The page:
A History of Flight: The Best Pilots in the World, through Time

Blog7 - A History of Flight: The Best Pilots in the World, through Time

What makes a great pilot? Is it because of how you manage to fly your plane, or is it because how you manage to stop crashing your plane and keep your passengers safe? Some other pilots are famous because of those reasons; however, not all pilots are famous for that. Some are simply famous because they helped shape aviation in the world.

Take a look at some of the greatest aviators in history for whatever reasons they may have. Because aviation is never the same, thanks to them.

Jean-Francois Pilatre de Rozier/the Montgolfier Brothers (1754 – 1785)

The story of man’s relationship with flight may have started way earlier than many realize. There are names like Abbas Ibn Firnas, a glider flier who dared to touch the sky from a tower in Cordoba or Eilmer of Malmesbury, also a glider flier. However, according to history, it’s actually Jean-Francois Pilatre de Rozier, flying a balloon designed by the Montgolfier brothers.

Baron Manfred Von Richthofen (1892 – 1918)

The famous Red Baron flew into history as one of World War I’s top aces. He has 80 kills to his name. It wasn’t his flying that got him the nod, as he was fairly average and didn’t escape being shot at. It was his locked-on shooting that enemy pilots feared him for.

Chuck Yeager (1923 – present)

In 1947, just two years after World War II, Chuck Yeager made headlines by breaking the speed of sound. To be fair, that jet flight wasn’t the first one; the Germans perfected that technology during the way. However, Yeager took many risks and today’s world would not be the same if not for his supersonic-breaking daring flight.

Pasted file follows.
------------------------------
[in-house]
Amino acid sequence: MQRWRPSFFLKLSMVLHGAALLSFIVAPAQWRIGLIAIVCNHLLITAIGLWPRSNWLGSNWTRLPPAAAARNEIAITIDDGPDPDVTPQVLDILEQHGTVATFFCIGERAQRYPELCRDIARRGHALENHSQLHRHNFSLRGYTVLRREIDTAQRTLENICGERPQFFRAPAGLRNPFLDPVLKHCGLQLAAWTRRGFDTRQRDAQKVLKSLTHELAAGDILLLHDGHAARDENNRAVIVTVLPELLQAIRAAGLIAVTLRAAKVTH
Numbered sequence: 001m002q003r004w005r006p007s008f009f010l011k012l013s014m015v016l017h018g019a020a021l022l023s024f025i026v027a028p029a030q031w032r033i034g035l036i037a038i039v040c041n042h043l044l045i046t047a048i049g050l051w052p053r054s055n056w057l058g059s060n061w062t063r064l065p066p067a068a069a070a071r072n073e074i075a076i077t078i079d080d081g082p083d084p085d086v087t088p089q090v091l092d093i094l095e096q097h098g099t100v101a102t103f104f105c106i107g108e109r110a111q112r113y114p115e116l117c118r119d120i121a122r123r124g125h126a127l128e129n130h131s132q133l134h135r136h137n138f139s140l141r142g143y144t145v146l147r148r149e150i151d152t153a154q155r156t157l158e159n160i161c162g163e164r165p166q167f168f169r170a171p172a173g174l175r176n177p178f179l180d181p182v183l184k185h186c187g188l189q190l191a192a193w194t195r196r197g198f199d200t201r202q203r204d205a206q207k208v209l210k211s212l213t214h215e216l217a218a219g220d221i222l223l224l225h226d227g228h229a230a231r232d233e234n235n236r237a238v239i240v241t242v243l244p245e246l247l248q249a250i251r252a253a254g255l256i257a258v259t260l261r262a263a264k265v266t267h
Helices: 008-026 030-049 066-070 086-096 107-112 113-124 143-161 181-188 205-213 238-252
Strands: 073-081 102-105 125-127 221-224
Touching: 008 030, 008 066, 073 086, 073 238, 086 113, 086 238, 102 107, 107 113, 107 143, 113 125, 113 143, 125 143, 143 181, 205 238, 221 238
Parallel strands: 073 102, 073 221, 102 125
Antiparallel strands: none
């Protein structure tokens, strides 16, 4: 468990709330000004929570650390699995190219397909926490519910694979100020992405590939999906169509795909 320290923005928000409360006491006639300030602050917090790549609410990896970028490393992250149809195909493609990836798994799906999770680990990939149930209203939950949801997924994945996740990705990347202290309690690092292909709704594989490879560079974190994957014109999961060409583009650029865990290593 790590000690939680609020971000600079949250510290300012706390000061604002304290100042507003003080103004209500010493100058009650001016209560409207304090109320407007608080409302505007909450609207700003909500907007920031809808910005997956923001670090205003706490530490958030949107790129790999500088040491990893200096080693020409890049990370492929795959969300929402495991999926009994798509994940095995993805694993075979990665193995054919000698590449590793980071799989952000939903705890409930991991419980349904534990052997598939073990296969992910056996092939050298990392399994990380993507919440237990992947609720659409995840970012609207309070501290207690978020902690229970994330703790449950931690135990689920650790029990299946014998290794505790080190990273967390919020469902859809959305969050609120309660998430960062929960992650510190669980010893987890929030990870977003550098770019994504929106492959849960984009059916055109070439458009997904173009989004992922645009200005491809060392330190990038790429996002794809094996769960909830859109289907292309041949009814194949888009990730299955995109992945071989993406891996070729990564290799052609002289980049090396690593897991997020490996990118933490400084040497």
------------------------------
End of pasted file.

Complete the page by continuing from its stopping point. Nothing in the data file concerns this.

James H. Doolittle (1896 – 1993)

James Doolittle has had a love affair with the air all his life. However, he found fame for his daring missions; he was portrayed by Alec Baldwin in the movie ‘Pearl Harbor.’ Doolittle is famous for leading a squadron of North American B-25 bombers off a carrier and bombing Tokyo, then bailing out over occupied Chinese territory.

Charles Lindbergh (1902 – 1974)

This pilot got his start in the unlikeliest of places—the circus. He was a barnstormer, a parachutist, and a windwalker before he stepped into the cockpit of history. His pre and post-Atlantic flights paved the way for commercial airline routes. We may never have had the chance to fly as we do now without him trying it out the first time.

These men were once like you and me—normal and trying to eke out a meager existence. They took the risks, grabbed opportunities to become the aviators they are today. Becoming a great person is just a matter of choice.

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